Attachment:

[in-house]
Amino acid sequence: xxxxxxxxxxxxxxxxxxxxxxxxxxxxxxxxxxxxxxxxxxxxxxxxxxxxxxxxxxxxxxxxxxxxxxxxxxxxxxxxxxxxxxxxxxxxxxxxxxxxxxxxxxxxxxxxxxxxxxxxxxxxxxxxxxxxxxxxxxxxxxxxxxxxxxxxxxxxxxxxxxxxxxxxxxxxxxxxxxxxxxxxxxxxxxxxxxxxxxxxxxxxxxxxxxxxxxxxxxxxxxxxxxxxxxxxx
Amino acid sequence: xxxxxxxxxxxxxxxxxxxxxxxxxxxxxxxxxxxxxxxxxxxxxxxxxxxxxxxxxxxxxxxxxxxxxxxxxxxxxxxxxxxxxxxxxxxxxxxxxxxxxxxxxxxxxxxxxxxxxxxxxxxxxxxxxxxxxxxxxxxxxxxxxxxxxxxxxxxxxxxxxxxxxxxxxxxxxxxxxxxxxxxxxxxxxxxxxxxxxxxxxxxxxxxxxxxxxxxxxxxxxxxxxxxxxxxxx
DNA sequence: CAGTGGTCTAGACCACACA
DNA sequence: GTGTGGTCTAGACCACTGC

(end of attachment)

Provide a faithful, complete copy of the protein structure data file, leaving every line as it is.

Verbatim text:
[in-house]
Amino acid sequence: xxxxxxxxxxxxxxxxxxxxxxxxxxxxxxxxxxxxxxxxxxxxxxxxxxxxxxxxxxxxxxxxxxxxxxxxxxxxxxxxxxxxxxxxxxxxxxxxxxxxxxxxxxxxxxxxxxxxxxxxxxxxxxxxxxxxxxxxxxxxxxxxxxxxxxxxxxxxxxxxxxxxxxxxxxxxxxxxxxxxxxxxxxxxxxxxxxxxxxxxxxxxxxxxxxxxxxxxxxxxxxxxxxxxxxxxx
Amino acid sequence: xxxxxxxxxxxxxxxxxxxxxxxxxxxxxxxxxxxxxxxxxxxxxxxxxxxxxxxxxxxxxxxxxxxxxxxxxxxxxxxxxxxxxxxxxxxxxxxxxxxxxxxxxxxxxxxxxxxxxxxxxxxxxxxxxxxxxxxxxxxxxxxxxxxxxxxxxxxxxxxxxxxxxxxxxxxxxxxxxxxxxxxxxxxxxxxxxxxxxxxxxxxxxxxxxxxxxxxxxxxxxxxxxxxxxxxxx
DNA sequence: CAGTGGTCTAGACCACACA
DNA sequence: GTGTGGTCTAGACCACTGC